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Caparo T1 video at the Nurburgring

VIDEO: Phil Bennett drives a very fast lap of the Nurburgring's Nordschleife in the F1 car-like Caparo T1


Like episodes from a soap opera, Nürburgring lap record attempts come around with almost unremitting regularity, with no likelihood of the storyline coming to an end anytime soon. It is, after all, the ultimate test of a sports car’s mettle and resolve. Success writes headlines around the world, and the pluck, grit, nerve and naked courage involved in an attempt means there’s always a story to tell.

In the past couple of years the big guns have beaten a path to the Green Hell and the times have been tumbling faster than ever. Yet each new record raises more questions than it answers. What constitutes a road-legal car? What do the times set by slick-shod cars prove? Why are we so fascinated by these figures anyway?

Perhaps we shouldn’t call them records at all, because nothing about them is official and there are no rules. Bragging rights have never hindered showroom sales, though, so the fight for overall supremacy on the world’s toughest racetrack will continue, and we will continue to watch with awe from the sidelines.

The elephant in the room is the Caparo T1. If any road-legal car has the potential to smash all of the existing road-car lap times out of sight, the T1 is it – and evo had a hand in getting one of Caparo’s supercars to the Ring for a recent record attempt.

The story began back in January when I visited the Long Stratton Motor Company to check out a lightly used T1 for our ‘Just Looking’ section (evo issue 142). A couple of weeks later I was in America with an affable McLaren F1 owner called Dan Watkins, who had been considering buying a T1. When I mentioned there was an orange one for sale, he bought it – with the proviso that Caparo took it to the Ring before he shipped it Stateside.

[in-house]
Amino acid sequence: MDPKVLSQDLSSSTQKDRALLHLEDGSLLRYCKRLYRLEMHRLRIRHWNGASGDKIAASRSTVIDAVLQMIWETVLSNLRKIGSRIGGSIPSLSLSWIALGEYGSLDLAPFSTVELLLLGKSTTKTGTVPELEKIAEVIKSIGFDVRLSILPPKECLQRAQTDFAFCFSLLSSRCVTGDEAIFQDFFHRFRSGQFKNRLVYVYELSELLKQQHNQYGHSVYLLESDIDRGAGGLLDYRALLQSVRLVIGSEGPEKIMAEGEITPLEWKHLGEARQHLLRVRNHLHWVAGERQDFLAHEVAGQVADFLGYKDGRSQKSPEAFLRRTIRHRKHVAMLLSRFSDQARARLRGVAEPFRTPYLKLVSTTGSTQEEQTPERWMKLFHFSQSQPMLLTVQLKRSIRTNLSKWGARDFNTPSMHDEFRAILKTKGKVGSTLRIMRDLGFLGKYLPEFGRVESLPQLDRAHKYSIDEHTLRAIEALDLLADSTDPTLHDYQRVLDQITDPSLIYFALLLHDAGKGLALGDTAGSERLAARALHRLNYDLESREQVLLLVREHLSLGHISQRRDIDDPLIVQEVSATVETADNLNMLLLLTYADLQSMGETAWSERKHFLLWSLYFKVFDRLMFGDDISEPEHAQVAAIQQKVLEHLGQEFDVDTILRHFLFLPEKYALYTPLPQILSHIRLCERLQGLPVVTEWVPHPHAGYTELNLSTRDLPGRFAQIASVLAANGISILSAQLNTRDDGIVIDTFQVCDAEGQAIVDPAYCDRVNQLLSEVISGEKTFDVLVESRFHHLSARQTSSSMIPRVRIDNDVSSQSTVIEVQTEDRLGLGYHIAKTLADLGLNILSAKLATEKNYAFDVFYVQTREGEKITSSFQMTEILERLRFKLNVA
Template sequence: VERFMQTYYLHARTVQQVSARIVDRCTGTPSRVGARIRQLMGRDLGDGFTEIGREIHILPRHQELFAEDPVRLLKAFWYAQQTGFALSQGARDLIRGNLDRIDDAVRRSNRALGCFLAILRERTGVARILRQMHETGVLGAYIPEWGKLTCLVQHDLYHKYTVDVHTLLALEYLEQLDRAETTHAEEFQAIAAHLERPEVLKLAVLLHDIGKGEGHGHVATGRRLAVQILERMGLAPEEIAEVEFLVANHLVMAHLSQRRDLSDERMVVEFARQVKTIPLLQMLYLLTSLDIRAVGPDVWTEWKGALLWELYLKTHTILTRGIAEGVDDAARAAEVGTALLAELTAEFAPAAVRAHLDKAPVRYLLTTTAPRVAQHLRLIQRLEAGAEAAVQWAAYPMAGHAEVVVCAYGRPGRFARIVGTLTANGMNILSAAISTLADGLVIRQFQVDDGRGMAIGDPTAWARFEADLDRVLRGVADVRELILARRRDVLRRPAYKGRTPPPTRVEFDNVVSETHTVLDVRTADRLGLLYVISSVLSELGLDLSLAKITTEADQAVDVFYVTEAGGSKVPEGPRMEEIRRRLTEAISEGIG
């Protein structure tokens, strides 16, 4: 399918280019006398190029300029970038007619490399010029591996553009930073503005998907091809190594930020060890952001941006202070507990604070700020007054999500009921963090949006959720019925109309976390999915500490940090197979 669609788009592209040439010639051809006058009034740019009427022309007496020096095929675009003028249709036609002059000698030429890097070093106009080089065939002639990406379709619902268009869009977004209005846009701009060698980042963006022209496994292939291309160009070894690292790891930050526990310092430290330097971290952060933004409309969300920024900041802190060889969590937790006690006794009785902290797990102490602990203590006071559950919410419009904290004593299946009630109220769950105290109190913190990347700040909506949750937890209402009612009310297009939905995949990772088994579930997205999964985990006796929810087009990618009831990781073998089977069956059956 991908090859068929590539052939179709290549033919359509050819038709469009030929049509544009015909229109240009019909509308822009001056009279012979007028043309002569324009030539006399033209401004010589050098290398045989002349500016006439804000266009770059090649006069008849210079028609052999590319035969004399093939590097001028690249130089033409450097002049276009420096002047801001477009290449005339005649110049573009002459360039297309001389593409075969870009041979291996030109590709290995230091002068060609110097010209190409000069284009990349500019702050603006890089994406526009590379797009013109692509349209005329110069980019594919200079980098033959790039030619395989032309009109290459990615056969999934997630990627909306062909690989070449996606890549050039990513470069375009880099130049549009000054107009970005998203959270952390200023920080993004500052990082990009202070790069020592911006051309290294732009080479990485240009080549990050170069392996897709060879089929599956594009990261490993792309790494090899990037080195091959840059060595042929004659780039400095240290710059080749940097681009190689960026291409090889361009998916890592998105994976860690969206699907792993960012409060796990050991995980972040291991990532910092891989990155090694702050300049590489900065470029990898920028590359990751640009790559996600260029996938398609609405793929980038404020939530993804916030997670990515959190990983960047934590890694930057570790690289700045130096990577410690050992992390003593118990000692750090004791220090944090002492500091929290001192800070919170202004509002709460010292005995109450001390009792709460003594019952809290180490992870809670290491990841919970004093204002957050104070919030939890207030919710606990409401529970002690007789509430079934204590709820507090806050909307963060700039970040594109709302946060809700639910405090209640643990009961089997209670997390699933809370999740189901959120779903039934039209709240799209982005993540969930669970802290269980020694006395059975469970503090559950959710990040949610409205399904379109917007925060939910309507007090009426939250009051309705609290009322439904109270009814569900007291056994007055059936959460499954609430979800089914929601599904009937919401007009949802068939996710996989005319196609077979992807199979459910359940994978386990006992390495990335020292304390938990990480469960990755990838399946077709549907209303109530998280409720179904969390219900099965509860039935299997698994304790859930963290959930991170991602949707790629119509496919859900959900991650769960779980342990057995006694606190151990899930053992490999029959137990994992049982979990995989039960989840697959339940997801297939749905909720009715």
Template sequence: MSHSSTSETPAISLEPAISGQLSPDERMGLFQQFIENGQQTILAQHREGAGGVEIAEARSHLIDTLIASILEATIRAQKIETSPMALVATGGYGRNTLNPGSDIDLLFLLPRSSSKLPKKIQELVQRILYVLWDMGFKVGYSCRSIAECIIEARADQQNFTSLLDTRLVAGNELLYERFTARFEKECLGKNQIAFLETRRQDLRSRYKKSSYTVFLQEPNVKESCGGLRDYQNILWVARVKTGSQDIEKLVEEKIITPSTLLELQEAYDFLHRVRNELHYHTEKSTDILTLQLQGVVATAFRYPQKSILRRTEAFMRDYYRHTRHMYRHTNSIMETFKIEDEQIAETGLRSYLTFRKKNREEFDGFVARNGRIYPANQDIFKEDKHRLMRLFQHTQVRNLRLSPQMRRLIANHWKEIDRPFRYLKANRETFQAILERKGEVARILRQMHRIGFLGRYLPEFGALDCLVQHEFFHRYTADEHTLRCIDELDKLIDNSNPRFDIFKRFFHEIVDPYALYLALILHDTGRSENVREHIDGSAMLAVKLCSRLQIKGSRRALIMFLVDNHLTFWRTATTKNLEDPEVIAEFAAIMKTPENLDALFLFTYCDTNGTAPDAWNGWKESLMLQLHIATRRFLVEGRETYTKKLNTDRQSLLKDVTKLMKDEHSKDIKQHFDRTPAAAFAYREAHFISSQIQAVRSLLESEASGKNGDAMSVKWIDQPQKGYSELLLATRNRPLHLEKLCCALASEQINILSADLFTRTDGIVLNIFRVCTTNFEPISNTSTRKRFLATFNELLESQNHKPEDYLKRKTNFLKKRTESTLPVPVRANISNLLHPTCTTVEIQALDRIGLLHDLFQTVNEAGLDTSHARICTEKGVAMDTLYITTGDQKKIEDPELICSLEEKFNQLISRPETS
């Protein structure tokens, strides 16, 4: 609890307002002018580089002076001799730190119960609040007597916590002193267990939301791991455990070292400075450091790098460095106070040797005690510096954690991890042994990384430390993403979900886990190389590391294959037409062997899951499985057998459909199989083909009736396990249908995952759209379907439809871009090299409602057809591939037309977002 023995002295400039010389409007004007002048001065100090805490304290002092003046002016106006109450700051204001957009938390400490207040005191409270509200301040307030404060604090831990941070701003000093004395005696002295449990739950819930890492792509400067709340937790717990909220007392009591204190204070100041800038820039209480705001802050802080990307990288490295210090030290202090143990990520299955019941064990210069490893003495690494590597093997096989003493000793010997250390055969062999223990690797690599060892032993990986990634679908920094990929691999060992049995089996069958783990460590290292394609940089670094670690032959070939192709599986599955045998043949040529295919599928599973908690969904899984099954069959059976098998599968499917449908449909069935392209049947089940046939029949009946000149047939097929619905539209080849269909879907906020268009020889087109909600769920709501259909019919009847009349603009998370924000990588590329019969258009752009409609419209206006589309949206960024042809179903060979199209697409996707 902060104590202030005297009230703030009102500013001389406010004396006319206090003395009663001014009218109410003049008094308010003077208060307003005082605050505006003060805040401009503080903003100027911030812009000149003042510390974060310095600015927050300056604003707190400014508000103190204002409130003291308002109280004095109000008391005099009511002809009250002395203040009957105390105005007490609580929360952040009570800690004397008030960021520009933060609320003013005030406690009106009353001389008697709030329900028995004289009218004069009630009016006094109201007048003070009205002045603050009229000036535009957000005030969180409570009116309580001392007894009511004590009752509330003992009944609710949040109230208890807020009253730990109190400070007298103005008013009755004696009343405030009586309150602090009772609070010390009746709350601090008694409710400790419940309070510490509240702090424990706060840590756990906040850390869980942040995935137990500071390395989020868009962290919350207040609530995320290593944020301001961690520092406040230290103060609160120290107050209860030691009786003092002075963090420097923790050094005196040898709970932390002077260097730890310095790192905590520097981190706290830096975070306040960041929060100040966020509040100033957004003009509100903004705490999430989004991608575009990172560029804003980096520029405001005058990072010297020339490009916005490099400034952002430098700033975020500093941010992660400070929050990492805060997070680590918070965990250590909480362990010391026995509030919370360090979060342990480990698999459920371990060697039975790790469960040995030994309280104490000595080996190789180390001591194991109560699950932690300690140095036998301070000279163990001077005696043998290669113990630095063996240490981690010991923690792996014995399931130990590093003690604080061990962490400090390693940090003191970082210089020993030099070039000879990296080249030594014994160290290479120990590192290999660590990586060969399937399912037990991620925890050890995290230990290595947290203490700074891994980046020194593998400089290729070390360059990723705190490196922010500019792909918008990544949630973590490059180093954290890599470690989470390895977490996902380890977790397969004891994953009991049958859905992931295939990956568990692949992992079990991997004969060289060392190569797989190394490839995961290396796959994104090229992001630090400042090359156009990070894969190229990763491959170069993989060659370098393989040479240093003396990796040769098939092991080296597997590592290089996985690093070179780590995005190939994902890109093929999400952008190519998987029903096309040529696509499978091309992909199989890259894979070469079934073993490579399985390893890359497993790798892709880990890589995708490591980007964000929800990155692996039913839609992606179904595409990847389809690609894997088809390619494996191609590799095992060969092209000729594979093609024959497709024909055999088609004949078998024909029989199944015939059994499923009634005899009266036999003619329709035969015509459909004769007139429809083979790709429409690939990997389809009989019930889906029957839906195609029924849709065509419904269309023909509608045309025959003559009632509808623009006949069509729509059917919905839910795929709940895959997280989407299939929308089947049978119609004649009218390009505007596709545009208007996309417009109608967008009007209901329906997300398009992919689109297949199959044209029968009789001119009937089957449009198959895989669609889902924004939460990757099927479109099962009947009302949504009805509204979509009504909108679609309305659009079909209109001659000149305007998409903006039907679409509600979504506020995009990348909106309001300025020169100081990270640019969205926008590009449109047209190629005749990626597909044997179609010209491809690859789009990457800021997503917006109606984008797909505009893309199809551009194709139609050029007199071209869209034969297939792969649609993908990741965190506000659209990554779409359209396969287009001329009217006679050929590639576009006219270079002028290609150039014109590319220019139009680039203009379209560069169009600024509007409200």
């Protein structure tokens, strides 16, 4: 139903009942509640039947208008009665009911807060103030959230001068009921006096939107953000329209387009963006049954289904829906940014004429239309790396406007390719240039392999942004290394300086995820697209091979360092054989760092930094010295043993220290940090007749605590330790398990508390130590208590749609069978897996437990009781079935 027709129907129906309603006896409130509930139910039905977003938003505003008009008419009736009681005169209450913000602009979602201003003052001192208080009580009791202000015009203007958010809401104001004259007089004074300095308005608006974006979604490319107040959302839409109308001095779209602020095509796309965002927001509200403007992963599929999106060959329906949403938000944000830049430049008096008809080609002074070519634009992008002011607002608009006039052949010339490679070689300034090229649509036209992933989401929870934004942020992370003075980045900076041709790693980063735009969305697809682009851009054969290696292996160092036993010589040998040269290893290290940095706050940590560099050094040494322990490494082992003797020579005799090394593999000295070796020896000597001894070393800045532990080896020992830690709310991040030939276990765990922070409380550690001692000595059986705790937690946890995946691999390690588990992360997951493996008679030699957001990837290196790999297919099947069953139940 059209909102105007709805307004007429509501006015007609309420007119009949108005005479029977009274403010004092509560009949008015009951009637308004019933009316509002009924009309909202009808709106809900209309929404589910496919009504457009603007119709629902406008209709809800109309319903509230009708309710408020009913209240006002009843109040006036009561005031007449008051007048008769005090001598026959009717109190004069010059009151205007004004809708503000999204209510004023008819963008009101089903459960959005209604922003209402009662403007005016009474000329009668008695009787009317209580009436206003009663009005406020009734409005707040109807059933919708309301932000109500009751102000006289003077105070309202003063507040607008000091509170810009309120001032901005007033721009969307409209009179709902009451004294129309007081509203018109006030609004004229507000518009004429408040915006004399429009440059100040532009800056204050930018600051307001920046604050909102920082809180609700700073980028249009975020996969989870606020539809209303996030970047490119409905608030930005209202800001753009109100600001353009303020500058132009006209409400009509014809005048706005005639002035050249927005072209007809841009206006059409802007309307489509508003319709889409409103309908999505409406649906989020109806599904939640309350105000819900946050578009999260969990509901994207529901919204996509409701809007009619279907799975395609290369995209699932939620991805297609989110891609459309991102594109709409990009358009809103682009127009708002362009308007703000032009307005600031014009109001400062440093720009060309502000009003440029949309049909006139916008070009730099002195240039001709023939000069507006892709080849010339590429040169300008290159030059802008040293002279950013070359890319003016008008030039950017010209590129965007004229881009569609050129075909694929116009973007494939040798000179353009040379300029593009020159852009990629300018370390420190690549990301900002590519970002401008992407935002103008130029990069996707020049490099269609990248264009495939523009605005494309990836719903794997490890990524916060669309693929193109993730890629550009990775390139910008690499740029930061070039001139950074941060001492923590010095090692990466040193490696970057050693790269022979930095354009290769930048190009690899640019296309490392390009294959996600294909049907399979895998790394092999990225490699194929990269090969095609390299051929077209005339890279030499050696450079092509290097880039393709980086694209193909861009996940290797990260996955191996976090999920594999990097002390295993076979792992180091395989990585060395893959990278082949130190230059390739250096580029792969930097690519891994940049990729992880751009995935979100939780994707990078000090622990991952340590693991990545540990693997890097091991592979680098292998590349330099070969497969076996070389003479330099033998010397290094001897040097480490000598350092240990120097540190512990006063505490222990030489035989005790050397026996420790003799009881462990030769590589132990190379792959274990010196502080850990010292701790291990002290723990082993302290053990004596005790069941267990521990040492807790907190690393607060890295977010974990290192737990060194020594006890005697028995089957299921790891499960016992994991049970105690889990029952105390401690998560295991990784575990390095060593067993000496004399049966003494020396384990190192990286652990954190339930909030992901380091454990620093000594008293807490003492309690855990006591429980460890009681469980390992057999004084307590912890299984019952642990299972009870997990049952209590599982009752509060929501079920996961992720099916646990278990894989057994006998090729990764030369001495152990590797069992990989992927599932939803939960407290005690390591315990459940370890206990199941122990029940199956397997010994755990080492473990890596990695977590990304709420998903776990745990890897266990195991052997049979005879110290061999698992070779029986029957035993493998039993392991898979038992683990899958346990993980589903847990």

So, one day in mid-August, Dan’s car was delivered to the infamous 12.9-mile circuit to take part in a trackday for a shakedown and, if everything went well, a flying lap at the end of the afternoon. The target would be what most observers recognise as the current fastest time by a road-legal car: the 6min 48sec lap set by Michael Vergers in a Radical SR8LM (video of his lap here).

For all the latent ability possessed by the T1, you need a driver with the skill and nerve to extract it. Racing driver Phil Bennett was the obvious choice, for not only has he set records at the Nordschleife in the past (including a 6min 55sec lap in a Radical SR3 Turbo in 2005) but he also spent a year as a development driver with Caparo in the project’s early days.

After an initial run, there was a problem: the 575bhp, 3.5-litre Menard V8 picked up a misfire, but not before recording an incredible opening half-lap on video. Playing it back, it looks like the regular flotsam of trackday traffic has slowed to a crawl. The Caparo disdainfully dismisses 911 GT3s and the like with closing speeds that are simply mind-blowing (video above).

Initially it looked like the problem was with the fuel, but it transpired to be a cracked coil pack, and by the time it had been replaced the heavens had opened, calling time on any further attempts.

It was a frustrating end to a day laced with so much promise, but then the Nürburgring does not give up fast lap times easily. However, the small glimpse of what is possible augurs well. Caparo will return, and when it does we expect to witness something exceptional.

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